Elvira Lasso de la Vega (1392 - 1459)

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Birthplace: Castilla, Almonte, AL, Spain
Death: Died
Managed by: Ana Maria Alonso Zaldivar
Last Updated:

About Elvira Lasso de la Vega

House of Lasso de la Vega From Wikipedia, the free encyclopedia Coat of Arms of the House of Lasso de la Vega (against a gold field with "Ave Maria Gratia Plena" written in blue) combined with the Arms of the House of Mendoza.

The House de la Vega, Laso de la Vega or Lasso de la Vega (sometimes even Garci Lasso de la Vega or Garcilaso de la Vega depending on the family member referenced) was a Spanish noble line from the Kingdom of Castile. The family origins lie in the areas now known as Torrelavega which was established in the Middle Ages. The House of Lasso de la Vega was one of the most important families in the territory which now makes up Cantabria and they dominated a large amount of the terrain and property between the Torre de la Vega and the Castillo de Argüeso.[1]

This noble house merged with the House of Mendoza which subsequently adopted its motto, "Ave Maria, Gratia Plena", after the marriage of Leonor Lasso de la Vega, the daughter and only heir of Garci Lasso Ruiz de la Vega, and Diego Hurtado de Mendoza, the Head Admiral of Castile. From this marriage was born Íñigo López de Mendoza, the first Marqios of Santillana. After this union, the lordship the House of Lasso de la Vega was passed on as property of his successors, the Dukes of the Infantado.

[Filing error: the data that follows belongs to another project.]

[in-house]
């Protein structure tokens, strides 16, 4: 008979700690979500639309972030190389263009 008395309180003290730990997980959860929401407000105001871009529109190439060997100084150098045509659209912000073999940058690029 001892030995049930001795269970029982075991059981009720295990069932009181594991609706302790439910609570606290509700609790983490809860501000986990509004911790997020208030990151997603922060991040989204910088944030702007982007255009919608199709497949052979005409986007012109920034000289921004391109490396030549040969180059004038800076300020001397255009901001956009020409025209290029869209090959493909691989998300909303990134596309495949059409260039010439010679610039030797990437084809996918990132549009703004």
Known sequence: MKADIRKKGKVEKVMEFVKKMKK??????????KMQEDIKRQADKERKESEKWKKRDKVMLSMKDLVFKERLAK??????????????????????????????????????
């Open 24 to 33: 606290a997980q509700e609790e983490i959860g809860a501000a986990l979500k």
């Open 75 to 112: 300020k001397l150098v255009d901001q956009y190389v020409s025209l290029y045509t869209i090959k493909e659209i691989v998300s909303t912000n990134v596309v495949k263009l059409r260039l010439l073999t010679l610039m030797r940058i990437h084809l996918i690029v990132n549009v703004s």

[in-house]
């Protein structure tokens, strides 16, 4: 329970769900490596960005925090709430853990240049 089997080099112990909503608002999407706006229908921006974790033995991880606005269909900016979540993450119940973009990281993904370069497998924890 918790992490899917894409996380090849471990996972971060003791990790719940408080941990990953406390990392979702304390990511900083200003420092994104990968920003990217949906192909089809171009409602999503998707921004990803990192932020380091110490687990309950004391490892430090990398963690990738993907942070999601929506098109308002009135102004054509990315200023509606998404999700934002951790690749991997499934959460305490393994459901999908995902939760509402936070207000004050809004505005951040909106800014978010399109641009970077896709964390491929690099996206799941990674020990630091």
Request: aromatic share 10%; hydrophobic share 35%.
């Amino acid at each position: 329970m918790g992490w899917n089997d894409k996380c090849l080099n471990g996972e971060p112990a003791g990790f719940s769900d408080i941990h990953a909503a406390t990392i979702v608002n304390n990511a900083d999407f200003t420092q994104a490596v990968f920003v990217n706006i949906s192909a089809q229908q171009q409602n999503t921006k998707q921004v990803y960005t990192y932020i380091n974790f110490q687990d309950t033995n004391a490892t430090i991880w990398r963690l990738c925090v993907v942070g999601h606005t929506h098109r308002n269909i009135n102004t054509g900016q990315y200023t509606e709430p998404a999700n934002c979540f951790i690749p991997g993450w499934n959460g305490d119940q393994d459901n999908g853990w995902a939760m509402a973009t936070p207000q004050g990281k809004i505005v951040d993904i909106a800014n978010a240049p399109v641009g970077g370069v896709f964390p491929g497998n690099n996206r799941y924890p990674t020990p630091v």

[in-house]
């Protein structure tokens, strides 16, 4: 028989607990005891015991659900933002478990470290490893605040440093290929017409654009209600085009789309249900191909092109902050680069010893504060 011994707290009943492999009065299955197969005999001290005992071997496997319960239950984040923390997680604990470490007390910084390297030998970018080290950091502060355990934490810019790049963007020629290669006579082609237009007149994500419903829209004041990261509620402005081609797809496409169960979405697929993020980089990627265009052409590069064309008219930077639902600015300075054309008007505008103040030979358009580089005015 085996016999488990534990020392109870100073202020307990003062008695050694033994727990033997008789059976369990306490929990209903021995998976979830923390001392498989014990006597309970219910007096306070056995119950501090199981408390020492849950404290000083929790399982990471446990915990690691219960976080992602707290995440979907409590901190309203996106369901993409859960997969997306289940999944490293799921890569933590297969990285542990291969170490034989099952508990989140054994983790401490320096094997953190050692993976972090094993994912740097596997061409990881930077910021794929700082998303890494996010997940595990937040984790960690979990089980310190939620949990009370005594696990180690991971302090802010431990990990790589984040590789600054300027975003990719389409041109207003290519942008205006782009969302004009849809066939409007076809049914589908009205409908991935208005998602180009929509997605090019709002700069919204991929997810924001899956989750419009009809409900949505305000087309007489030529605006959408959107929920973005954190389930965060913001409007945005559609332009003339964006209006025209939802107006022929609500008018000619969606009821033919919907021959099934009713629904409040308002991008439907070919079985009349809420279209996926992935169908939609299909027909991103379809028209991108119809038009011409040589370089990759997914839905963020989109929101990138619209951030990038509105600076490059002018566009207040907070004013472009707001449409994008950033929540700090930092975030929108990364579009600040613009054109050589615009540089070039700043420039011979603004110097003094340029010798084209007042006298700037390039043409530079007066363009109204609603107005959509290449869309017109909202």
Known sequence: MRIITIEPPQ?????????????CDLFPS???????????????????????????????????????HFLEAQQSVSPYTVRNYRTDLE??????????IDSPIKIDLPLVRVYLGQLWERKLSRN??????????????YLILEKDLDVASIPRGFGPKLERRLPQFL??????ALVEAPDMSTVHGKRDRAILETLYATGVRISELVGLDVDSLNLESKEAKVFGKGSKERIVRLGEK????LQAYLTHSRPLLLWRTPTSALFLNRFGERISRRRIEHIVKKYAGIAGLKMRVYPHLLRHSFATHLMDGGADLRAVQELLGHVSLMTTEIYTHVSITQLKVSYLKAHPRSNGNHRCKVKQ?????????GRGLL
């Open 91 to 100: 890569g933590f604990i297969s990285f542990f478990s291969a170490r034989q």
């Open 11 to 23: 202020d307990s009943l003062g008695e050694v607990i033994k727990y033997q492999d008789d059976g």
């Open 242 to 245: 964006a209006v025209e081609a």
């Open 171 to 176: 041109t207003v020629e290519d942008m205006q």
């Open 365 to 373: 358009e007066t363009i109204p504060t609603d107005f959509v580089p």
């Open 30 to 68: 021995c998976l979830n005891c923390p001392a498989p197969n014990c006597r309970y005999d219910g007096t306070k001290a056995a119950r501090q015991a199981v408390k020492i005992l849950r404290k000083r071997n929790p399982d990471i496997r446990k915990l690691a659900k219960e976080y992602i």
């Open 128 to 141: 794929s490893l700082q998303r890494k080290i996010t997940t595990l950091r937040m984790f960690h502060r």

The family reached the height of its power in the 15th Century when facing off against the monarchy. They were able to set up an system of Mayordomazgos independent of the crown and based in the Castillo de Pedraja which belonged to the family. During this time, there were a great many power struggles going on in the area of Cantabria, creating a number of social conflicts.[2]

After the merger with the House of Mendoza, the Cantabrian surname "Lasso de la Vega" was passed on through the maternal line at later times throughout the years and is associated with various soldiers, poets, and Golden Age writers such as Garcilaso de la Vega, the soldier and poet, and Inca Garcilaso, the historian from the Viceroyalty of Peru.